Learn from a Song Mentor

Latest posts by Liya Swift (see all)

What is a song, really?

A song is story put to music. The songwriter’s job is to create a song, sometimes by themselves; sometimes in collaboration with other songwriters, composer and singers to create the melody that combined with the lyrics becomes the song.

If you have original songs running through your head and are trying to figure out how to take your songwriting skills to the next level, you should consider working with a songwriting mentor. A songwriting mentor is a professional songwriter who is willing to share their expertise, talent and experience with someone like you—a novice when it comes to the business of songwriting, but talented enough that with the right tutelage can be transformed into a professional songwriter.

Recording Connection mentor Patrick Heaney helps students unlock their potential

Just like books have chapters, songs have sections that each contribute in their own way to telling the story. These sections can be arranged in different ways to become the song structure. It’s always a good thing to understand the “rules” before you break them, and your songwriting mentor will start you out with an understanding of the basics of these song sections.

Each verse of a song has different lyrics from the preceding verse. Together the verses help move your story along.

The chorus is usually the song’s major theme or big idea. Usually, the title of the song is part of the chorus. The melody for the chorus is usually the catchiest part of your song. The chorus is usually repeated several times in a song.

The pre-chorus comes between the verse and the chorus and serves to transition into the chorus. It is also called the lift or build.

The bridge is an outlier. It’s distinct from the rest of the song and helps keep the song intriguing. While verses and the chorus may show up several times in a song, generally speaking the bridge makes one appearance.

RENEGADE EL REY at Stankonia Studios mentors for Recording Connection

The refrain is a repeated section of the verse and usually is the first or last thing in the verse. It often replaces the chorus and usually includes the title of the song.

The Hook

The hook is the catchiest part of your song. It’s usually the chorus or refrain of your song.

Once you’ve grasped the purpose behind each section of a song, the next thing your songwriting mentor will impart to you is the song structure. There are three common song structures to start with.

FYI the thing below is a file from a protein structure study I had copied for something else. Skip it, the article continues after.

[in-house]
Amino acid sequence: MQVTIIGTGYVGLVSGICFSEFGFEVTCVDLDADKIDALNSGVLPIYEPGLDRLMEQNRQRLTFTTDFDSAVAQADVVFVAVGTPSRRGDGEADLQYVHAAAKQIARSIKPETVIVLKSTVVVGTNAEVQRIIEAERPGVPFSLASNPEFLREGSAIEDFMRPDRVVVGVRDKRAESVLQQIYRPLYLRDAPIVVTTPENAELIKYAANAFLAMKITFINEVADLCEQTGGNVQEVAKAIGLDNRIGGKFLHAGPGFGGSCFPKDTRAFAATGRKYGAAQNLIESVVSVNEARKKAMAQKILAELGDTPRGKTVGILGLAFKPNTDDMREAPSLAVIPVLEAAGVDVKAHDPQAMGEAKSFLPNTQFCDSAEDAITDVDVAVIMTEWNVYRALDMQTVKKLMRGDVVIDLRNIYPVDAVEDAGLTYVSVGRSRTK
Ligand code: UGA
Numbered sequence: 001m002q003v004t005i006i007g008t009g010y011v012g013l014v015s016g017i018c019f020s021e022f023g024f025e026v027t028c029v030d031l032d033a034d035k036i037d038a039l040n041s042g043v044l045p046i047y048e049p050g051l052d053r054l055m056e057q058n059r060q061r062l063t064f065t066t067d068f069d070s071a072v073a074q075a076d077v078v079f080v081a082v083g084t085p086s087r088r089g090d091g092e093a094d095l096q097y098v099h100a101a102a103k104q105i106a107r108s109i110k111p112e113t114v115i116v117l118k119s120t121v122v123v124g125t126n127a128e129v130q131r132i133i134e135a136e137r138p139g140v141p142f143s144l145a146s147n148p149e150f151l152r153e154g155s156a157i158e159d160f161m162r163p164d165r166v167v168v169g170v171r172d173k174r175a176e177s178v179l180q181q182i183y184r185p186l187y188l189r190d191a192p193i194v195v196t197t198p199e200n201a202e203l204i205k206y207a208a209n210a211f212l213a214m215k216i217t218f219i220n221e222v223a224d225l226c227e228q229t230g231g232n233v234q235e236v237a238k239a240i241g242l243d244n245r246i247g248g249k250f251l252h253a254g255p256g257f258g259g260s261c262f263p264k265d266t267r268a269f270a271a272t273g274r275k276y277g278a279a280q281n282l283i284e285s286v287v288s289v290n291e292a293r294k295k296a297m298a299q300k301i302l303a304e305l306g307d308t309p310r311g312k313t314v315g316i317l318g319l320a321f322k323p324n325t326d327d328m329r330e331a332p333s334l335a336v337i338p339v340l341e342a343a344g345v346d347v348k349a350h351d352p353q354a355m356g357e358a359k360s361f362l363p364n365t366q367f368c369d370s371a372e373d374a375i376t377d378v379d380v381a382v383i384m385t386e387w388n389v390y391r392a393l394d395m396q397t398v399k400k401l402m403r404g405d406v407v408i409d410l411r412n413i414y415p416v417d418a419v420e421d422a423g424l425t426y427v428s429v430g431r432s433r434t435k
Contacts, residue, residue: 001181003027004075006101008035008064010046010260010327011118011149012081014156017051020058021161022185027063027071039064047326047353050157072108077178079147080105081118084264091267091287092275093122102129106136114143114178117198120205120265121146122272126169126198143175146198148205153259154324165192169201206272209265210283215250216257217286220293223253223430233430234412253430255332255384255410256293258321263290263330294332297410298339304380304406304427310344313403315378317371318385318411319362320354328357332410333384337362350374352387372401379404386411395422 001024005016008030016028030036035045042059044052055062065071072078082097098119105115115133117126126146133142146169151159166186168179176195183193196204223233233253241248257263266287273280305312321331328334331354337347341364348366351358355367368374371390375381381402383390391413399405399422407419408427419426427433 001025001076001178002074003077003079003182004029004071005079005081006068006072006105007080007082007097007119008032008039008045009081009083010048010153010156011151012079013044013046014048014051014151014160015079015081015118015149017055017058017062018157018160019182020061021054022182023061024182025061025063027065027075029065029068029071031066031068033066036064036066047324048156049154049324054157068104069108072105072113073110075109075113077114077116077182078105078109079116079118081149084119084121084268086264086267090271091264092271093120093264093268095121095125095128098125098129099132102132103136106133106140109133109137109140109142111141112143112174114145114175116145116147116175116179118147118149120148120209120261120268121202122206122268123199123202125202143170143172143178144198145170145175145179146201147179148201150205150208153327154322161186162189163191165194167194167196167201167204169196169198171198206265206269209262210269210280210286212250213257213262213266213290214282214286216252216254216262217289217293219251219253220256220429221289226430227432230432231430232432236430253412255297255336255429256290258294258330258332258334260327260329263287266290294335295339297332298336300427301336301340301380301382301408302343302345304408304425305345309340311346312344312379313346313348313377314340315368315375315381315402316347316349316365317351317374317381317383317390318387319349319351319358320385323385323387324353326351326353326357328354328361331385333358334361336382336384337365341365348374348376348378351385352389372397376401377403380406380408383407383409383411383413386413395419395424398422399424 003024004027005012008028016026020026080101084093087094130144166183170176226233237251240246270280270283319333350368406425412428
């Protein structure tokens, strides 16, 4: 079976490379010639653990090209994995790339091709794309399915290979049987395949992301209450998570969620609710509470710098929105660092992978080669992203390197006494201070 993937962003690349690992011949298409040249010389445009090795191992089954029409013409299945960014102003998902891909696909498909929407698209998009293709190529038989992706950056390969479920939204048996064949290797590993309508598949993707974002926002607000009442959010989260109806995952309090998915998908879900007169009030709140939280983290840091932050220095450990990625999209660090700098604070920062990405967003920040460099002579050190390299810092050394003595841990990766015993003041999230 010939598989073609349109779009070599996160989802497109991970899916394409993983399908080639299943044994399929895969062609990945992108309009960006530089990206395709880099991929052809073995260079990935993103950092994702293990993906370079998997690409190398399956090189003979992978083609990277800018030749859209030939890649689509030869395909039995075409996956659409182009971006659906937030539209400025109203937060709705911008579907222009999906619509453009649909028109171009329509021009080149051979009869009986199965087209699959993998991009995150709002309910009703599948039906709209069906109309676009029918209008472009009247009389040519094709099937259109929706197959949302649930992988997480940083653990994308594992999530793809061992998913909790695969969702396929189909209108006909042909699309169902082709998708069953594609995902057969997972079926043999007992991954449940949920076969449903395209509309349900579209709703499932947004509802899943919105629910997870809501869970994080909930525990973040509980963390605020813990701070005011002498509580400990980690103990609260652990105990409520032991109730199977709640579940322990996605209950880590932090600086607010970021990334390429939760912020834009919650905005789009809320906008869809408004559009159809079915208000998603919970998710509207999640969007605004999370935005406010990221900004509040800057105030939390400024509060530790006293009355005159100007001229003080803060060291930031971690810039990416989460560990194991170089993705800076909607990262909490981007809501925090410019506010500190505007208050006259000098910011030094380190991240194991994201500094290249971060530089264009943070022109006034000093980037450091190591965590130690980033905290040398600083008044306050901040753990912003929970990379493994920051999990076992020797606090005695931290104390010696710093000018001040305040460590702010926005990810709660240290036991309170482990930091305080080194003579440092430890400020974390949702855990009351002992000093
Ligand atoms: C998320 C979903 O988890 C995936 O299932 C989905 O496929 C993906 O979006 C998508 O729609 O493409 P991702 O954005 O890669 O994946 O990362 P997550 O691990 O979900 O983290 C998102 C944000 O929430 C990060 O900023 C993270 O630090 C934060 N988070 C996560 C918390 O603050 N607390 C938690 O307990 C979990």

Verse-Chorus-Verse-Chorus-Bridge-Chorus. This is the structure behind Radiohead’s “High and Dry.” A common variation on this structure is to repeat the chorus a second time at the end of the song.

Verse-PreChorus-Chorus-Verse-PreChorus-Chorus-Bridge-Chorus. This is the structure used in Kate Perry’s “Firework” where the section that starts with “You just gotta ignite the light” is the pre-chorus.

Verse-Refrain-Verse-Refrain-Bridge-Verse-Refrain. This is the structure in the Beatles “We Can Work It Out” with the refrain being the lyric “We can work it out” and the bridge section starts with “Life is very short…”

What a Good Songwriting Mentor Can Teach You

A good songwriting mentor will make sure you understand the purpose of each of these sections and song structure styles and their importance in telling the story within the song while keeping the audience engaged with the melody of each section. In other words, be prepared to spend some time with your songwriting mentor to gain a thorough understanding of the basics of songwriting.

Now comes the fun part—adapting these basics to your songwriting style and musical expressions. The rules and the basics can serve you well; after all Radiohead, Kate Perry and The Beatles were pretty successful with songs that followed these basic structures. Additionally, the audience expects songs to follow certain patterns and if you deviate too much from them you could alienate your audience. This is where your songwriting mentor can be of enormous help. As Jean-Luc-Godard, a famous filmmaker and screenwriter once said, “A story should have a beginning, a middle and an end, but not necessarily in that order.” Your songwriting mentor can help you to musically and lyrically tell your story in an unusual way, a way that can define your songwriting style and still resonate with your audience.

If you are ready to take the next step in songwriting and a songwriting mentor sounds like the right direction for you, contact the Recording Connection. They have numerous programs from Hip Hop to Rap to Alternative Music to Electronic Music (and more) that teach aspiring songwriters like yourself through a mentor/extern educational model.

 

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